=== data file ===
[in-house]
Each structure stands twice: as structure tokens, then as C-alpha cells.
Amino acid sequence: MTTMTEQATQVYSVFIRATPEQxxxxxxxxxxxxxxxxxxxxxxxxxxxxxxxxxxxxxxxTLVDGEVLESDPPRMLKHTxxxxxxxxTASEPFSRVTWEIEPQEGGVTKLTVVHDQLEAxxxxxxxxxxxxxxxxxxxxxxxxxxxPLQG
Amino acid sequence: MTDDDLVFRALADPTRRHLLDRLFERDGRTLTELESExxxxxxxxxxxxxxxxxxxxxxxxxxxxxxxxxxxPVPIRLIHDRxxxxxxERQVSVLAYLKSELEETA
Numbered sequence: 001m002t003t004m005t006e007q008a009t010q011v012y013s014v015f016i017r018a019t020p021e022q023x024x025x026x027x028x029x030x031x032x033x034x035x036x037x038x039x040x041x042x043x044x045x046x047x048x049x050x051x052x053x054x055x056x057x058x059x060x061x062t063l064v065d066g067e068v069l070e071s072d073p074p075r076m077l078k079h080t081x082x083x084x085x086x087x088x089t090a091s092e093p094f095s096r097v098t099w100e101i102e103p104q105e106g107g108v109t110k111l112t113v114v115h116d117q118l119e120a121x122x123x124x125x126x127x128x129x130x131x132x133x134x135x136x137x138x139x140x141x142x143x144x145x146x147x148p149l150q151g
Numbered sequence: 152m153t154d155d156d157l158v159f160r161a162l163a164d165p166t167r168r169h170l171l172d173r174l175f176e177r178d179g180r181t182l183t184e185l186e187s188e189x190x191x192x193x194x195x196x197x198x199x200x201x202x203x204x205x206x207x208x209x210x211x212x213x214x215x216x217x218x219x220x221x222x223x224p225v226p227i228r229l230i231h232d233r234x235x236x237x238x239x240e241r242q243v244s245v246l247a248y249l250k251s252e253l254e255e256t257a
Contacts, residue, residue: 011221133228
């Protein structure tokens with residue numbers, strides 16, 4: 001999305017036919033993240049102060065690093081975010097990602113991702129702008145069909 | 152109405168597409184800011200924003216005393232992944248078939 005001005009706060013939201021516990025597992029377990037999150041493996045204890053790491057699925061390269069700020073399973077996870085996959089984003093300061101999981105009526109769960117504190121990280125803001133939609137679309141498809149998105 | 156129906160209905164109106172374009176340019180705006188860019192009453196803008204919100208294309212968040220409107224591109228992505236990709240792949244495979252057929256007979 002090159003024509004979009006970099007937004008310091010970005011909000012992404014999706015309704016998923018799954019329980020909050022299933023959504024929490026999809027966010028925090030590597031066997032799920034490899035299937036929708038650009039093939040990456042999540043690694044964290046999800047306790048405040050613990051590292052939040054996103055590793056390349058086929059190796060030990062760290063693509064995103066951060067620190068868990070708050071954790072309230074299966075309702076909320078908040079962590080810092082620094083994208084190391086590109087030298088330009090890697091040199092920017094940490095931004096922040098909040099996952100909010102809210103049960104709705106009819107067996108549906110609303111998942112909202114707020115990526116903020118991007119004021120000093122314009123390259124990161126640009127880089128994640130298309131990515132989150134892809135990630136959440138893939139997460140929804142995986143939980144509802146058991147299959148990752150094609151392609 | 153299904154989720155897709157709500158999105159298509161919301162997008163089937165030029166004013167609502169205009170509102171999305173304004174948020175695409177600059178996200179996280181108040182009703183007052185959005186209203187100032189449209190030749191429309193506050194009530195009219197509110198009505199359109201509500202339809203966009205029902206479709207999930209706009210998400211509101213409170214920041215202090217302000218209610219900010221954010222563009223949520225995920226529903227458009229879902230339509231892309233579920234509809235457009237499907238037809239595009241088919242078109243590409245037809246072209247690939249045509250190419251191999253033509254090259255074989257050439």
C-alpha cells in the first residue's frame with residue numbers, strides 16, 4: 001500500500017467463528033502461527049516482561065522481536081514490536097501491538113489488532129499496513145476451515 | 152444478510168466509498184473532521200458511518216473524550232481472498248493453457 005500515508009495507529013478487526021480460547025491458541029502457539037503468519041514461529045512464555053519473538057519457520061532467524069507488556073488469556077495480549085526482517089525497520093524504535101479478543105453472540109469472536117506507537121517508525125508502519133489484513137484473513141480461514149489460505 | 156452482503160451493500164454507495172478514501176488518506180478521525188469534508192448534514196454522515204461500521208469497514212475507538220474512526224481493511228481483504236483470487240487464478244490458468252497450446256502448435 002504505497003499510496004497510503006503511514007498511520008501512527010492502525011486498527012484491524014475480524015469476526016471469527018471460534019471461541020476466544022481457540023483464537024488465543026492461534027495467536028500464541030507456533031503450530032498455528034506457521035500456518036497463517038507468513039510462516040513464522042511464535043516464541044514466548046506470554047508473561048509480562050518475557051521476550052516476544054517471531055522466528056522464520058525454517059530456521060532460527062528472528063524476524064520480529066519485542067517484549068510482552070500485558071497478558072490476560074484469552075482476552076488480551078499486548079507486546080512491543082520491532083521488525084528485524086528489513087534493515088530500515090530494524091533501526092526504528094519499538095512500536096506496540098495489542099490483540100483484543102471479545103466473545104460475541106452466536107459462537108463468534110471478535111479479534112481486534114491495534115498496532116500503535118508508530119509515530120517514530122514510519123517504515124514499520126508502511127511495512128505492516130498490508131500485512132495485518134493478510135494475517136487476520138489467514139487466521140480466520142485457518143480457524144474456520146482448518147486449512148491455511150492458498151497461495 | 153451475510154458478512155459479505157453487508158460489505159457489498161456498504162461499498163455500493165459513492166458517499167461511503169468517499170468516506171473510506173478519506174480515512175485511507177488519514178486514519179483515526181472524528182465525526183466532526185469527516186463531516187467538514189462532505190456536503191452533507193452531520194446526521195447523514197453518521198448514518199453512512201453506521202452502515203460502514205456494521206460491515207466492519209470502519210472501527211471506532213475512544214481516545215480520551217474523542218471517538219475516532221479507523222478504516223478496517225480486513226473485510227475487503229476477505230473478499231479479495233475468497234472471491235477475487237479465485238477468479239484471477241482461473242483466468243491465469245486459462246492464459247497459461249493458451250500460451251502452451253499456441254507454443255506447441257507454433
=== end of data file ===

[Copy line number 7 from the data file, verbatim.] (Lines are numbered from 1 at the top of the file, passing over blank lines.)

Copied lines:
Contacts, residue, residue: 011221133228